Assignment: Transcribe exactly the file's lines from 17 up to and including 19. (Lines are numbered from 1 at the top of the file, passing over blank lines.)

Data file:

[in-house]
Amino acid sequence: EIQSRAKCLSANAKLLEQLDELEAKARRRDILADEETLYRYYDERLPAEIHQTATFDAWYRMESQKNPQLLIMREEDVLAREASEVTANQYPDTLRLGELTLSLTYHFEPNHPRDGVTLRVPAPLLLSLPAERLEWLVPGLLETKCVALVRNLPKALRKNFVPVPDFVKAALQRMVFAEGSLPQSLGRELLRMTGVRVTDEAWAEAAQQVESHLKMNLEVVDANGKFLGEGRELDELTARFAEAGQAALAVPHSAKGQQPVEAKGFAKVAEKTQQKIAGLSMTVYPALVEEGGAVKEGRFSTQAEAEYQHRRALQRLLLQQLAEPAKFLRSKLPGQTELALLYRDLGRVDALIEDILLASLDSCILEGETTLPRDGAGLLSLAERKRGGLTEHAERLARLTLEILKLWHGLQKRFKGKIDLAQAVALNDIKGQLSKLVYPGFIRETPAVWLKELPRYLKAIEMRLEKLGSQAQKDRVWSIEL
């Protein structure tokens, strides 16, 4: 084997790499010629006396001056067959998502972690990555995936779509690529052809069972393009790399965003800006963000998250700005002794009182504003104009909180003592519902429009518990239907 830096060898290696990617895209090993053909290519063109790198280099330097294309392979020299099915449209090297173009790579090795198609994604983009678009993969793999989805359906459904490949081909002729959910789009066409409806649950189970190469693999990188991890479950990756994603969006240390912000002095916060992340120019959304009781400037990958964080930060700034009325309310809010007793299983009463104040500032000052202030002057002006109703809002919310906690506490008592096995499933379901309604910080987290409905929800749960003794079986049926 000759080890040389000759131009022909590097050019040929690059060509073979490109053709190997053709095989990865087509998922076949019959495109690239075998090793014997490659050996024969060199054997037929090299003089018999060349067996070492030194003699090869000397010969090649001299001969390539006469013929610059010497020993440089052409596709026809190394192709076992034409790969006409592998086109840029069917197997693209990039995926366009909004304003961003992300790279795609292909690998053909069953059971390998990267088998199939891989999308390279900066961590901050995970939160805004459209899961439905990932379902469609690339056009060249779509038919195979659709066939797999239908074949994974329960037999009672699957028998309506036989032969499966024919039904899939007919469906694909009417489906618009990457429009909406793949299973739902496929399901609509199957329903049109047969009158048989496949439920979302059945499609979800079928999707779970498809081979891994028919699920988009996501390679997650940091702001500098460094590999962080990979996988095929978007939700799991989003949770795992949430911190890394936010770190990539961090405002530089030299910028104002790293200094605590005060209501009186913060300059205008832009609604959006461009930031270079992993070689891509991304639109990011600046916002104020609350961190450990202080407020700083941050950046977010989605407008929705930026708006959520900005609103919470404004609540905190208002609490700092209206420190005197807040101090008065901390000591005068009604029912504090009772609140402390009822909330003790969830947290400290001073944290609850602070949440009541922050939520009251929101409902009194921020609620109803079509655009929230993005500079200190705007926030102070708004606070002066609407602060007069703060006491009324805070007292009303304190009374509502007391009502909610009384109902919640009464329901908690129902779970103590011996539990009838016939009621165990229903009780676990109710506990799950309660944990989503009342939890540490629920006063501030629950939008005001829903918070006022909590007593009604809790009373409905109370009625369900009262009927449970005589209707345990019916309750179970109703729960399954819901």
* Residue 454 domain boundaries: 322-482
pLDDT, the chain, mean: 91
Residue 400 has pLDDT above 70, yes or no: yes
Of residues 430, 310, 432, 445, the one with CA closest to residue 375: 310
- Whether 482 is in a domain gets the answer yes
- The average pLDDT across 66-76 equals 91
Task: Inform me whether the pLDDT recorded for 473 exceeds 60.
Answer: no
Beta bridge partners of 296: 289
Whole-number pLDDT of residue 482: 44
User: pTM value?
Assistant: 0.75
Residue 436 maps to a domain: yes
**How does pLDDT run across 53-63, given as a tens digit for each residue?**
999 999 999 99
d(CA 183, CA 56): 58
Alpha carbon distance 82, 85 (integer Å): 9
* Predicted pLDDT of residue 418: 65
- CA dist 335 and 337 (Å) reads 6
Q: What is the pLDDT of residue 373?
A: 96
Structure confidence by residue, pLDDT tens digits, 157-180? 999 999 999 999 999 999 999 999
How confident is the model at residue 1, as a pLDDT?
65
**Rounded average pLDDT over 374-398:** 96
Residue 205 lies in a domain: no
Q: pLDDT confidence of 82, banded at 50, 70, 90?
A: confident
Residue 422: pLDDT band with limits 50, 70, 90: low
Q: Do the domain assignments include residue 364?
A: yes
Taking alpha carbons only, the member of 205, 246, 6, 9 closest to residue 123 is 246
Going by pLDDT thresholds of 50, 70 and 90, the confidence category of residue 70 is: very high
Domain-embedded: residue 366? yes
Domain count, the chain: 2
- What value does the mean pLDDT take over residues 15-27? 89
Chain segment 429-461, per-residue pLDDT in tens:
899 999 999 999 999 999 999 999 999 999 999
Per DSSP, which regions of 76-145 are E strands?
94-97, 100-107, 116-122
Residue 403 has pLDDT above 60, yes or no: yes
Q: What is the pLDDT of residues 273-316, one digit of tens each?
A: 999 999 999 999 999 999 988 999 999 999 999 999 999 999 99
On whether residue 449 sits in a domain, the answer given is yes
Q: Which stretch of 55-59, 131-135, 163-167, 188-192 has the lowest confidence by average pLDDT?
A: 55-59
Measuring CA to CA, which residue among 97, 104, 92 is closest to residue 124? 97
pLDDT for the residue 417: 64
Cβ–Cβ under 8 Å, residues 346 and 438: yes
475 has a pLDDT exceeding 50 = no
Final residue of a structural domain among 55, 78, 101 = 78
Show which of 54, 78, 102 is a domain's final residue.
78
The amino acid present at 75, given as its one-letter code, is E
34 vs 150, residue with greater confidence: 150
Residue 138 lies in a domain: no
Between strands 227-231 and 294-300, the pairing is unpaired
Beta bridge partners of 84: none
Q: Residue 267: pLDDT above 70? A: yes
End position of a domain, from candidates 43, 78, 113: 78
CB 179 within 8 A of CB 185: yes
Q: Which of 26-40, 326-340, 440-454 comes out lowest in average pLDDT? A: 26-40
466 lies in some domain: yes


**How does pLDDT run across 53-63, given as a tens digit for each residue?**
999 999 999 99
d(CA 183, CA 56): 58